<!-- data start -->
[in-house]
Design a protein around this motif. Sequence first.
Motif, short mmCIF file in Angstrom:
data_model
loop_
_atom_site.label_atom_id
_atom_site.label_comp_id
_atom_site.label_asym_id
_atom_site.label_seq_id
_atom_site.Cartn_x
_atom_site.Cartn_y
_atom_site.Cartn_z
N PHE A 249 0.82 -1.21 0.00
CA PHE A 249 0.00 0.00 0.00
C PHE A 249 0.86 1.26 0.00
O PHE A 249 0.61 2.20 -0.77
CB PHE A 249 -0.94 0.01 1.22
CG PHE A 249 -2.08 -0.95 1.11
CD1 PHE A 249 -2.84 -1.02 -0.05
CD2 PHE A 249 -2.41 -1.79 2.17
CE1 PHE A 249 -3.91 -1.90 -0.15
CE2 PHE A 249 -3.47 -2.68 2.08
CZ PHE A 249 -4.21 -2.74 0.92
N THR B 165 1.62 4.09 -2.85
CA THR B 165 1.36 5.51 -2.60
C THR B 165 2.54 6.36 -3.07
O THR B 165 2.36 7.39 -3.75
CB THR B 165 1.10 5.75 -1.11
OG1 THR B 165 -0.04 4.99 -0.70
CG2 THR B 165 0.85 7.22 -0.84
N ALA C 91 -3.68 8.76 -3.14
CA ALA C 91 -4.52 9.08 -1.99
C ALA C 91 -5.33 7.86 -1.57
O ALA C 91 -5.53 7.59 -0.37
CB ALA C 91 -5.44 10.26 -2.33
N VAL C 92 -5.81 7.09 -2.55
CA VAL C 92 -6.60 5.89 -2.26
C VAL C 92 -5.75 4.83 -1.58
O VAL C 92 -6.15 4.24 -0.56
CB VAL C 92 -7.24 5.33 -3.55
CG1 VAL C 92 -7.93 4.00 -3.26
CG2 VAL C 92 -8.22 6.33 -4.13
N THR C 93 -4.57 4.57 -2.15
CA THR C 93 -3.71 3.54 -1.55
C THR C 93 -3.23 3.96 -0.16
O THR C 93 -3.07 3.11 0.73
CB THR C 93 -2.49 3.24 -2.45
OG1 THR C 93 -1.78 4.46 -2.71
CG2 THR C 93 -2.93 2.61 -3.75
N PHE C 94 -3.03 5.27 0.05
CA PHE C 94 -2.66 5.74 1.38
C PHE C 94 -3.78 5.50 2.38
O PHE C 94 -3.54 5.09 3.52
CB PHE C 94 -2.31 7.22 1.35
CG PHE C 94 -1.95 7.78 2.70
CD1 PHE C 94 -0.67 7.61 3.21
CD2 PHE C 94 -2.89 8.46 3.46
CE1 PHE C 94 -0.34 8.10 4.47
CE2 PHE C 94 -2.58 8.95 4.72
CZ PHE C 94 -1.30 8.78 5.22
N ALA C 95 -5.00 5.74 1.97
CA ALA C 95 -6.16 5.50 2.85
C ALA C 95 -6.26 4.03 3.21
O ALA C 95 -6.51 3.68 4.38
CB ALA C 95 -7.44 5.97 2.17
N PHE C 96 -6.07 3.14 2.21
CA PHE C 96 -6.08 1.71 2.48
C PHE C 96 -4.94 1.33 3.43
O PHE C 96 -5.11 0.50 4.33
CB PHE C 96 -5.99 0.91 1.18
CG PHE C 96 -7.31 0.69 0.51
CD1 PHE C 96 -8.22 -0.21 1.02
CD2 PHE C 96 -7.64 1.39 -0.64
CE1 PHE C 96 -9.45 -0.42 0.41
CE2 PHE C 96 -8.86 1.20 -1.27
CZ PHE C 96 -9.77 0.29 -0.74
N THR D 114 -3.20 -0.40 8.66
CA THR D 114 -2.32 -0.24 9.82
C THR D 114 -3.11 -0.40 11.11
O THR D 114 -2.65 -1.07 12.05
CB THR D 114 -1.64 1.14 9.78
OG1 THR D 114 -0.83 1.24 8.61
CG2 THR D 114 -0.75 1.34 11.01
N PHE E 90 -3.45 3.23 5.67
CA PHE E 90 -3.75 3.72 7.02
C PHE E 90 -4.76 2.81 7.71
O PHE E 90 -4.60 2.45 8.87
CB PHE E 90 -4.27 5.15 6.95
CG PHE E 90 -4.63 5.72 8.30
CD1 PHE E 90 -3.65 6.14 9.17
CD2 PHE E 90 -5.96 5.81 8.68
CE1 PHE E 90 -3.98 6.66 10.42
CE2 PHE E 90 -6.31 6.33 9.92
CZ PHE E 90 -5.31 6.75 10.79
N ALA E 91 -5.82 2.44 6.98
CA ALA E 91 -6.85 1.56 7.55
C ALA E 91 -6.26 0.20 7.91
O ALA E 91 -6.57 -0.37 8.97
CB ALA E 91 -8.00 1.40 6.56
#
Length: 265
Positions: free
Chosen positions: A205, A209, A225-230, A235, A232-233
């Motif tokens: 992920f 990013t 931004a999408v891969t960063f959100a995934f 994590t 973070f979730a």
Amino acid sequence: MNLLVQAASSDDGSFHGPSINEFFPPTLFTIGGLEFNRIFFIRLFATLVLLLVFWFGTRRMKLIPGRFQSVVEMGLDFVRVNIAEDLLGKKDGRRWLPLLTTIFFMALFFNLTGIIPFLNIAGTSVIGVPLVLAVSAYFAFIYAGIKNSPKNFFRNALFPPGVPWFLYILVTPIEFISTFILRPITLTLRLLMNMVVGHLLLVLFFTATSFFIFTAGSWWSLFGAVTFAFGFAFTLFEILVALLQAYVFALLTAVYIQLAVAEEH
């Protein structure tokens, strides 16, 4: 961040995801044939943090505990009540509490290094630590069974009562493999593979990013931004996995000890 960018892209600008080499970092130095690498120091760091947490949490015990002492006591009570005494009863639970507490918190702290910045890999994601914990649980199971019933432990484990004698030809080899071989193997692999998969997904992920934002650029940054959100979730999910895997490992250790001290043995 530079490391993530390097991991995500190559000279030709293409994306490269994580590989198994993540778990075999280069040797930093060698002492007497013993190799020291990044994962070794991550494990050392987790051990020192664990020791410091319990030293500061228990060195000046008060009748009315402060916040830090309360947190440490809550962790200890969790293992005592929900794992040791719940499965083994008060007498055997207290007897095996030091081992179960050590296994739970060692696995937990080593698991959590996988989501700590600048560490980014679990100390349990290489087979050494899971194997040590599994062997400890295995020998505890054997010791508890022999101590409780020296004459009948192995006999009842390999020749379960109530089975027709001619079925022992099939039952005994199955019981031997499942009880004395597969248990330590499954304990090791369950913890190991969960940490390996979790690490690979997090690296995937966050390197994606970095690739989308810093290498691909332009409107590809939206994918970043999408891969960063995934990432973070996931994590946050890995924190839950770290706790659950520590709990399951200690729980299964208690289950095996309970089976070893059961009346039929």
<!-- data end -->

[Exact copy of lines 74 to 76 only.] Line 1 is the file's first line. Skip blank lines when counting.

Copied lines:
CE1 PHE C 96 -9.45 -0.42 0.41
CE2 PHE C 96 -8.86 1.20 -1.27
CZ PHE C 96 -9.77 0.29 -0.74